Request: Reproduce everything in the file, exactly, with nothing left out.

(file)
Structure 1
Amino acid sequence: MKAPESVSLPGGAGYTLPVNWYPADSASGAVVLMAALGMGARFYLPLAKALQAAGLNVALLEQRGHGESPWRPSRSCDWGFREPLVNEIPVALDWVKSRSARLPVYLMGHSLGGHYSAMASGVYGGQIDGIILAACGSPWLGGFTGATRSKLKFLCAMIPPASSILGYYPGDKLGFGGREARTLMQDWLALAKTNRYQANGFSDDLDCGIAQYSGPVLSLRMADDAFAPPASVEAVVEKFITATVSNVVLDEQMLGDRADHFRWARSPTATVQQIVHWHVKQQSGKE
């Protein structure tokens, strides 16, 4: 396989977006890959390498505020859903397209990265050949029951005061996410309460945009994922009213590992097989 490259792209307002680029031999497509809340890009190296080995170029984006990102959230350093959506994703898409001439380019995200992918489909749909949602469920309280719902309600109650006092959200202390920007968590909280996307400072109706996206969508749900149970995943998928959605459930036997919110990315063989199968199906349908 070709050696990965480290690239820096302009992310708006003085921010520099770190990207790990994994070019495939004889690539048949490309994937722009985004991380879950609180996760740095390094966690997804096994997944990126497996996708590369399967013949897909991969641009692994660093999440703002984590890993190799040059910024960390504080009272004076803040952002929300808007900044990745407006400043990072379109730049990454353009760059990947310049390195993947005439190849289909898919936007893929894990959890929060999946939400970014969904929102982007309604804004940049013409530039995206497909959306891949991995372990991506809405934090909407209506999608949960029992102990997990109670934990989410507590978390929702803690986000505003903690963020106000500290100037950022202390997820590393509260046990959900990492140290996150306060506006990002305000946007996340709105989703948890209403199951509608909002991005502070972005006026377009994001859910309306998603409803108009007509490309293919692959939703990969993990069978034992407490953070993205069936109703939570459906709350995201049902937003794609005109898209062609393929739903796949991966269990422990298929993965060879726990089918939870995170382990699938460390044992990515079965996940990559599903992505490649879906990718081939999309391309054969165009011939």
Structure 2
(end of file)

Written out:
Structure 1
Amino acid sequence: MKAPESVSLPGGAGYTLPVNWYPADSASGAVVLMAALGMGARFYLPLAKALQAAGLNVALLEQRGHGESPWRPSRSCDWGFREPLVNEIPVALDWVKSRSARLPVYLMGHSLGGHYSAMASGVYGGQIDGIILAACGSPWLGGFTGATRSKLKFLCAMIPPASSILGYYPGDKLGFGGREARTLMQDWLALAKTNRYQANGFSDDLDCGIAQYSGPVLSLRMADDAFAPPASVEAVVEKFITATVSNVVLDEQMLGDRADHFRWARSPTATVQQIVHWHVKQQSGKE
């Protein structure tokens, strides 16, 4: 396989977006890959390498505020859903397209990265050949029951005061996410309460945009994922009213590992097989 490259792209307002680029031999497509809340890009190296080995170029984006990102959230350093959506994703898409001439380019995200992918489909749909949602469920309280719902309600109650006092959200202390920007968590909280996307400072109706996206969508749900149970995943998928959605459930036997919110990315063989199968199906349908 070709050696990965480290690239820096302009992310708006003085921010520099770190990207790990994994070019495939004889690539048949490309994937722009985004991380879950609180996760740095390094966690997804096994997944990126497996996708590369399967013949897909991969641009692994660093999440703002984590890993190799040059910024960390504080009272004076803040952002929300808007900044990745407006400043990072379109730049990454353009760059990947310049390195993947005439190849289909898919936007893929894990959890929060999946939400970014969904929102982007309604804004940049013409530039995206497909959306891949991995372990991506809405934090909407209506999608949960029992102990997990109670934990989410507590978390929702803690986000505003903690963020106000500290100037950022202390997820590393509260046990959900990492140290996150306060506006990002305000946007996340709105989703948890209403199951509608909002991005502070972005006026377009994001859910309306998603409803108009007509490309293919692959939703990969993990069978034992407490953070993205069936109703939570459906709350995201049902937003794609005109898209062609393929739903796949991966269990422990298929993965060879726990089918939870995170382990699938460390044992990515079965996940990559599903992505490649879906990718081939999309391309054969165009011939």
Structure 2